Voter Registration in California
People who don't vote shouldn't complain (or brag,) about the government―that should be the rule, anyway. In California, there's almost no excuse not to vote, since you can register to do so almost anywhere, including your local DMV office.
In order to vote in California, you must:
- Be a United States citizen
- Be a resident of California
- Be at least 18 years of age
- Not be in prison or on parole for a felony conviction
- Not have been judged by a court to be mentally incompetent
If you are not yet 18 years old, but will be by the next election, you will be allowed to register. All voters must be registered at least 25 days before the election in which they wish to vote.
Note that California has updated the rules regarding absentee voting. Your local elections office can provide you with more information.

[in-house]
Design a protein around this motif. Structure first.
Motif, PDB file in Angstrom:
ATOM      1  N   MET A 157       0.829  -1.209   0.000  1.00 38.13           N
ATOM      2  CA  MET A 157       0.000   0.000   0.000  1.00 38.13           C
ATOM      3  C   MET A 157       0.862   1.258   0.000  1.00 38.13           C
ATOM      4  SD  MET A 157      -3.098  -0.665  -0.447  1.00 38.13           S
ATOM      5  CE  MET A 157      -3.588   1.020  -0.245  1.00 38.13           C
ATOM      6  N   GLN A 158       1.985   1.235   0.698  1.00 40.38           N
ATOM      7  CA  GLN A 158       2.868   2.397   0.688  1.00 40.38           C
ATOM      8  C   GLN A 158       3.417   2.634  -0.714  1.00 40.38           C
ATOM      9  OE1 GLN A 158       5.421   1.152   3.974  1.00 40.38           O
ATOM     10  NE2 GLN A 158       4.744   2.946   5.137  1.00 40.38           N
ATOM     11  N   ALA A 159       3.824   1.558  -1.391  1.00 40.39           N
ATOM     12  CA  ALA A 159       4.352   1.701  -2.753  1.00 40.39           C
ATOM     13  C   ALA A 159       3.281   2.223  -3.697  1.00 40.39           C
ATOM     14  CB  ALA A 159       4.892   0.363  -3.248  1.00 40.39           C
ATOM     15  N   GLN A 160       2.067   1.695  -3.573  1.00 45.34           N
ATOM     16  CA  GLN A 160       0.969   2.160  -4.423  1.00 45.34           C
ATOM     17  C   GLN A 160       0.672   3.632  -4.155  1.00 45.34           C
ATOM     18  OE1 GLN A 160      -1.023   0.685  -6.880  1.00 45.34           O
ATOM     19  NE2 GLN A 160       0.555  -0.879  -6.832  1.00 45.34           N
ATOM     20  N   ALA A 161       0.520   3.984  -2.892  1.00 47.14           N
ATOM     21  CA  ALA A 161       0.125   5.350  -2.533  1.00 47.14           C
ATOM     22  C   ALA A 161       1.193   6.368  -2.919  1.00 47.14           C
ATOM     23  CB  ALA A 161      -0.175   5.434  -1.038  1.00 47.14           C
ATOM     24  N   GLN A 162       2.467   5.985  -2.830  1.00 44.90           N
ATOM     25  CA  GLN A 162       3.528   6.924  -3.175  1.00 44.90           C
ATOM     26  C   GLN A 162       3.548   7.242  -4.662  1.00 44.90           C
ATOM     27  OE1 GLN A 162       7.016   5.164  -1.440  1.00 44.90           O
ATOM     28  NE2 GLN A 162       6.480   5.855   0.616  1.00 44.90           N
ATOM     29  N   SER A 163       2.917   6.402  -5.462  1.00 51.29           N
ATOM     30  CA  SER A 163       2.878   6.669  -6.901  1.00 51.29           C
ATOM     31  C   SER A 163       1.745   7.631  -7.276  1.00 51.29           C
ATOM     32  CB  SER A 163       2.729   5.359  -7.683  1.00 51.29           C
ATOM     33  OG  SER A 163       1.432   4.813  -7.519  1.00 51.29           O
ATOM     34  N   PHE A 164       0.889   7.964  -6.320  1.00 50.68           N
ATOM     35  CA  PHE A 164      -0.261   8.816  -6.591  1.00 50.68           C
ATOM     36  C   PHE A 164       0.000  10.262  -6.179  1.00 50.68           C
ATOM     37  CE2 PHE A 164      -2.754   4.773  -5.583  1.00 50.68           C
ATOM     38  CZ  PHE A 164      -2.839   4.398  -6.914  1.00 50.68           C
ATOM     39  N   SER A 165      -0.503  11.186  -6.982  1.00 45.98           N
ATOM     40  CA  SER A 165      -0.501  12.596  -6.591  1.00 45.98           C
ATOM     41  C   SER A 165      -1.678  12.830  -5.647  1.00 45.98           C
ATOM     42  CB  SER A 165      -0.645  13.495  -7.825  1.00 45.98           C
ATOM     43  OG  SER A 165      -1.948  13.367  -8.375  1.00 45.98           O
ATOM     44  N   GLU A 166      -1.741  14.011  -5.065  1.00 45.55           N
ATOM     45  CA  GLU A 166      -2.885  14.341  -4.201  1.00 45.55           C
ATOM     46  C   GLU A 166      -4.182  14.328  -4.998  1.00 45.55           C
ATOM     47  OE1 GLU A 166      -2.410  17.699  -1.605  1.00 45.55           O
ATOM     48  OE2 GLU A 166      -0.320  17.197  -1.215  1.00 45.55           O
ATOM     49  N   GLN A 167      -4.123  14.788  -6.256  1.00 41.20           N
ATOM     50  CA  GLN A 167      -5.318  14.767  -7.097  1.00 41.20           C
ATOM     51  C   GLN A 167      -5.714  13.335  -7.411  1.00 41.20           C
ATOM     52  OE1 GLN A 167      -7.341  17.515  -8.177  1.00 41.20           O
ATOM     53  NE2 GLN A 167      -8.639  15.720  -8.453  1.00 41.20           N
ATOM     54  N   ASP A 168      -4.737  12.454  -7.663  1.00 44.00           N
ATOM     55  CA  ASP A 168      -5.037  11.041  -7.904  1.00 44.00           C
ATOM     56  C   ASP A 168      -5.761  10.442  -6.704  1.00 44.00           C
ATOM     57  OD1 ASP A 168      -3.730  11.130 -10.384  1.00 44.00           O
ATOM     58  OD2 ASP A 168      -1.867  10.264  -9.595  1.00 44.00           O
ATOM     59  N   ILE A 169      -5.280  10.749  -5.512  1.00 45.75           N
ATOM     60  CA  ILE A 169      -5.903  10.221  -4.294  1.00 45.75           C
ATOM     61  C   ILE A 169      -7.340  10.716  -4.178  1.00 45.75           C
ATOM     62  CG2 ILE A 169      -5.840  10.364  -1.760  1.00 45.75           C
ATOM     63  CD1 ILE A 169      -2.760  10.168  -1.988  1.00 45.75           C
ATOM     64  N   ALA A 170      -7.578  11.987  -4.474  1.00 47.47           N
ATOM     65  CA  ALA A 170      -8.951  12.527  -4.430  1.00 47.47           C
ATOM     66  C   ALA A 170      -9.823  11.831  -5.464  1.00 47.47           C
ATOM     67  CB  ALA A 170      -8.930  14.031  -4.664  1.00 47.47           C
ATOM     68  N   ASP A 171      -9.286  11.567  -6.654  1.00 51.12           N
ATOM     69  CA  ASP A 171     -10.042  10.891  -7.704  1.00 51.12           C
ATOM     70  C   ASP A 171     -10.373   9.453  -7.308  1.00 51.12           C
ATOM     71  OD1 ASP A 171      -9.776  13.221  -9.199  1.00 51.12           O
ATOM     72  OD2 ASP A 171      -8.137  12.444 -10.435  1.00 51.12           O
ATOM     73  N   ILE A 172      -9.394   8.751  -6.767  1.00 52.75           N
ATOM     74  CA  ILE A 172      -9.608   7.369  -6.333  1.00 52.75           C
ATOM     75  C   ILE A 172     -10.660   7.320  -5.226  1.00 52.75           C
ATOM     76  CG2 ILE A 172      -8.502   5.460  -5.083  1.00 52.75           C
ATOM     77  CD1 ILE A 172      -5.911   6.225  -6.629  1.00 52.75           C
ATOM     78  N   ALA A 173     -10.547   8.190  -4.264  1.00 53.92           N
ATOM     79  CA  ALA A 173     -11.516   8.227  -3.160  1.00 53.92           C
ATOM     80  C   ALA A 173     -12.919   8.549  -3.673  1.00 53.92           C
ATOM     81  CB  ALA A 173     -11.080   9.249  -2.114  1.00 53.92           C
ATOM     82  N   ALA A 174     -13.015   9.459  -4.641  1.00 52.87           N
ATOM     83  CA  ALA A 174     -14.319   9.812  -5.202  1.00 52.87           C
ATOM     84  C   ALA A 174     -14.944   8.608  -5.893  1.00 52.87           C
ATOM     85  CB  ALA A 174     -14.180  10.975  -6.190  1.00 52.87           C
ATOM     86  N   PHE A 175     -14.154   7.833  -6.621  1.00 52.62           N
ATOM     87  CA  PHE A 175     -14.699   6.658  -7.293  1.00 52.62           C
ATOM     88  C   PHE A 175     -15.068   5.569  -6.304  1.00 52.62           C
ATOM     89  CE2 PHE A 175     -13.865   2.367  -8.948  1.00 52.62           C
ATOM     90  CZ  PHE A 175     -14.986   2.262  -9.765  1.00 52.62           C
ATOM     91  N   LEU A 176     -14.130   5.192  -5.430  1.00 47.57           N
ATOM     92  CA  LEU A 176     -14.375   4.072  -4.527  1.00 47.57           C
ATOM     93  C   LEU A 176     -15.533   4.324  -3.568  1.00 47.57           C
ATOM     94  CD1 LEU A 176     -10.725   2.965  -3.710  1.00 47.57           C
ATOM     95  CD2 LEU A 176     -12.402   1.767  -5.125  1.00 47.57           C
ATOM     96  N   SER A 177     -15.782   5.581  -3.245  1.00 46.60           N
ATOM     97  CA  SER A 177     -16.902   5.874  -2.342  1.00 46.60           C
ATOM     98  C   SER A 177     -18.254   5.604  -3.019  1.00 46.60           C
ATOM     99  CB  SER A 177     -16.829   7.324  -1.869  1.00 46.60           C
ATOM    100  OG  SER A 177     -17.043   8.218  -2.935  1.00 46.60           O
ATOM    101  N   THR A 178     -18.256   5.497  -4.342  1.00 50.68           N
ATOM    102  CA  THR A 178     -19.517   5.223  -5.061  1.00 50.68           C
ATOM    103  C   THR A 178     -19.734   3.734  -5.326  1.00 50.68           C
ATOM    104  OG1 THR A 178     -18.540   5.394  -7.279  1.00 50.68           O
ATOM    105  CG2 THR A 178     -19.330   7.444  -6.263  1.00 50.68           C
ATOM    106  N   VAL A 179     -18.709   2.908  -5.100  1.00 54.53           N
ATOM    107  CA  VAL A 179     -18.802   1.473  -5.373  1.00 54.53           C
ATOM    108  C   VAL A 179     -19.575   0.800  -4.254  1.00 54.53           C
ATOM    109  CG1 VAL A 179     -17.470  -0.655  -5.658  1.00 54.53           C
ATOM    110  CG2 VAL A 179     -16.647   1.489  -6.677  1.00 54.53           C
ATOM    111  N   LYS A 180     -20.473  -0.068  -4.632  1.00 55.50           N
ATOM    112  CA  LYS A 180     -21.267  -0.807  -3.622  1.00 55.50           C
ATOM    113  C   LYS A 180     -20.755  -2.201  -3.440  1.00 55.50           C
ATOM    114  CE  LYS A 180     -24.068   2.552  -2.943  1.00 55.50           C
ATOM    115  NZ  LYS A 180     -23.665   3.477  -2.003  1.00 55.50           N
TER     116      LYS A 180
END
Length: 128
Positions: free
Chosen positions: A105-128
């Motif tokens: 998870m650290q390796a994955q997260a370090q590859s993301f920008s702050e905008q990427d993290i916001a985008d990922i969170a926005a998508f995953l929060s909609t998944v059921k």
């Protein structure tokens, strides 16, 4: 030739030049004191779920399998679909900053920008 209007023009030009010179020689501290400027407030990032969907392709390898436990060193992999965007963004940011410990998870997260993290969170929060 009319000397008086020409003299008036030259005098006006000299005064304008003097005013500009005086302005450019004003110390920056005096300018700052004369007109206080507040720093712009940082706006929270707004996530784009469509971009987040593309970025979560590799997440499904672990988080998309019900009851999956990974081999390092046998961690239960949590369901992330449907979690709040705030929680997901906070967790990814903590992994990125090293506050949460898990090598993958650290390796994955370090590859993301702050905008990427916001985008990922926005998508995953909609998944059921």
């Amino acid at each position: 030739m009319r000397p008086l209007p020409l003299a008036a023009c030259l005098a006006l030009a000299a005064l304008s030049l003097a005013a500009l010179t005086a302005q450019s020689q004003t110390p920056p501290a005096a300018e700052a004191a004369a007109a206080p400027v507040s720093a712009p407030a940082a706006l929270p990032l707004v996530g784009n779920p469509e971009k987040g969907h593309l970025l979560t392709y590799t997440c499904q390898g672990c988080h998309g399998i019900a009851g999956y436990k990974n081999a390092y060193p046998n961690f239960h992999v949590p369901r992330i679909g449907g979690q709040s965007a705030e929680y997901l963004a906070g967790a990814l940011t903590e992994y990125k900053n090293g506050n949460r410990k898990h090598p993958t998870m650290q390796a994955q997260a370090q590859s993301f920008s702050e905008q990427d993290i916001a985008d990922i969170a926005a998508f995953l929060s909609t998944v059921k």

You have your choice of registration methods:
- Stop by your local DMV office to fill out and submit a voter registration form. You may do this when you apply for a driver's license or at any other time.
- Download a voter registration form (also available in Spanish and send it to your county elections official.
- Fill out a digital version of the voter registration form online (also available in Spanish. This does not mean you have registered. The information will be entered on a paper form sent to you for your signature, which you must then return by mail.
The California Secretary of State Election Division offers additional forms, information, and other services regarding elections, voting, registration, and more.
When you relocate and notify the California DMV of your change of address, the DMV will automatically forward your new information to the Secretary of State Elections Division. If you're in the same county, the elections office will simply record the change; you won't need to re-register.
You'll need to register from scratch if you:
- Change your name
- Change your political party
- Move to a new county
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